(Written Saturday April 28, 22:15 Kenya time – regarding Thursday, April 26)



The roosters were crowing well before dawn. The goats started pushing around shortly thereafter. The chorus of morning bugs grew louder and loder. After fits of feigned sleep over the hour of pre-dawn, I finally gave up and got out of bed. As I groped for my clothes and tried to remember where I left my right sandal, knocked over my flashlight lamp and nearly pulled down the mosquito net, I finally navigated the 6 feet to my door and opened it up to the the most glorious, rich red sunrise I'd ever seen. Except maybe the one on Haleakala on Maui, but that's a totally different animal. The sky and clouds were gorgeous, silhouetting several "African" trees (I'll have to figure out what these are called) and two young African men standing at the ridge, for all intents and purposes looking like warriors holding their spears. I rushed in to get my camera, hitting my head for the third of what will turn out to be many times on the low roof line, and dashed back out to get some pictures.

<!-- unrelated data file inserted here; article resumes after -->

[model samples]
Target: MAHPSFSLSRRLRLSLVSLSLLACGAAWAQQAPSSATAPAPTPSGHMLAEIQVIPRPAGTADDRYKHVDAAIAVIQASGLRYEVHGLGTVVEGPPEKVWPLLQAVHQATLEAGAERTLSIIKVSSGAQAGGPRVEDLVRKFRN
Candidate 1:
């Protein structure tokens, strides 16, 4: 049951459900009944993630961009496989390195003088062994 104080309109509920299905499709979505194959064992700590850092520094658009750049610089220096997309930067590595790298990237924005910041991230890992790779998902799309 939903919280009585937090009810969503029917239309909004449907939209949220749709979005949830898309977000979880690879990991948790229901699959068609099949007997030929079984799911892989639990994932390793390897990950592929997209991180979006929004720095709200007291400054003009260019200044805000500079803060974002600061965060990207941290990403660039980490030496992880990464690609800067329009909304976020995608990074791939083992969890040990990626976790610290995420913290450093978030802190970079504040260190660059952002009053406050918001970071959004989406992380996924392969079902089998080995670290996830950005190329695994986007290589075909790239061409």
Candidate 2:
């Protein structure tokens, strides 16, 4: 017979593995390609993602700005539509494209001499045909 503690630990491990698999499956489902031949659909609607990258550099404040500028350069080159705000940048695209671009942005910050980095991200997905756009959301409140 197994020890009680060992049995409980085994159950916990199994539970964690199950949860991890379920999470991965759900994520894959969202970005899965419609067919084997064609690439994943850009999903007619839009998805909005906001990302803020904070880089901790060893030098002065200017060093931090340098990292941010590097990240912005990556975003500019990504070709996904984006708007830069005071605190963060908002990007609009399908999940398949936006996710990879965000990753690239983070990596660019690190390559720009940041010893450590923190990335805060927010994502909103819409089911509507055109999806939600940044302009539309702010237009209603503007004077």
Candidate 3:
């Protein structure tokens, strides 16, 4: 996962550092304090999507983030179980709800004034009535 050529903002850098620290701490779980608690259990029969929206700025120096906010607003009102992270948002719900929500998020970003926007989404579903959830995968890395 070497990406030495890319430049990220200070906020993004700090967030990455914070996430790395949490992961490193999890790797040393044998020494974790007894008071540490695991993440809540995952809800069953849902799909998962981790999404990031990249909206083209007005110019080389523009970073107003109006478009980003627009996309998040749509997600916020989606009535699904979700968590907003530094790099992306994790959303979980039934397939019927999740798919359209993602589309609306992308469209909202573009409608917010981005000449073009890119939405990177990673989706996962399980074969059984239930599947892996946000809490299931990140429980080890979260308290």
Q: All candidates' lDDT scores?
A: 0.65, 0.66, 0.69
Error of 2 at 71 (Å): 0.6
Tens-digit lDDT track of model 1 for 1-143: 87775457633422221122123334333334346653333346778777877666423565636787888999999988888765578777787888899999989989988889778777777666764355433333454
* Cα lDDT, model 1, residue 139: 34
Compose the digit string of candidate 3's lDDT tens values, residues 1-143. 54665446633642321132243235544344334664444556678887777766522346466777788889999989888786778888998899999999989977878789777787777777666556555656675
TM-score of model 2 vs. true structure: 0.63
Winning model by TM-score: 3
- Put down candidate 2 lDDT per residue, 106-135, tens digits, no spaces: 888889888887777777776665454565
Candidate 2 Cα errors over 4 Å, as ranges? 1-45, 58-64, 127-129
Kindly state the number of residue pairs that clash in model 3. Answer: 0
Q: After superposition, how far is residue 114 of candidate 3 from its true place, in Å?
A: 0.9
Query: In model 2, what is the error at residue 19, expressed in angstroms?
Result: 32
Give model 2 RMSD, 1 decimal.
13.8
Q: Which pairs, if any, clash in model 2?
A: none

Unfortunately by this point, the two silhouetted men were joined by the approaching Carol. I walked up with a cheery "good morning", only to be met by – which I am still trying to figure out completely – the unhappy Carol. She was on the warpath and it was barely 6:00 am. She stopped long enough to yell at me something about no cook and ignored children before stomping up to Maria's door and pounding on it demanding to know where she was. Keep in mind this is something like 6:15 in the morning. Also keep in mind that I'm now writing this after several days of reflection and a deeper understanding of what and the how of business around here, but I will try to keep this true to what I remember thinking at the time. Carol was seriously pissed off. Apparently there was no one to cook breakfast for the kids, and no adult besides herself had slept there last night. The kids were up making their own breakfast (42 children ages 2 to 16). They had just started boiling water, which was supposed to have been started nearly two hours ago (to boil out the nasty river parasites… although 2 hours does seem a tad excessive, I wasn't about to argue). Maria insisted that the cook should be there soon and that she was often late, but always came by before the end of the day. I'll repeat that. She always came by before the end of the day. Oh, and Maria was off to visit her sister for the day. So I've come to understand that Maria is (was) the matron of the orphanage. She lives about a 10 minute walk away on her own property, and it's her job to oversee that all employees are doing their job with the kids. Carol was accusing her of failing this job miserably. Over the next couple of hours, Carol fired the cook (who eventually arrived), the night-watchman who showed up in the morning instead of the night before and was reportedly usually drunk, and some other person who I've no idea what they did. It turns out things were running a bit slack at the orphanage, to say the least. There's a long, sorted history behind why certain people were working there, mostly involving religion and politics and rival charity organizations (if you can believe such a thing). But Carol cleaned house and within days had all new staff on board. Anyway it made for an interesting morning. And yes, we did finally get our tea.

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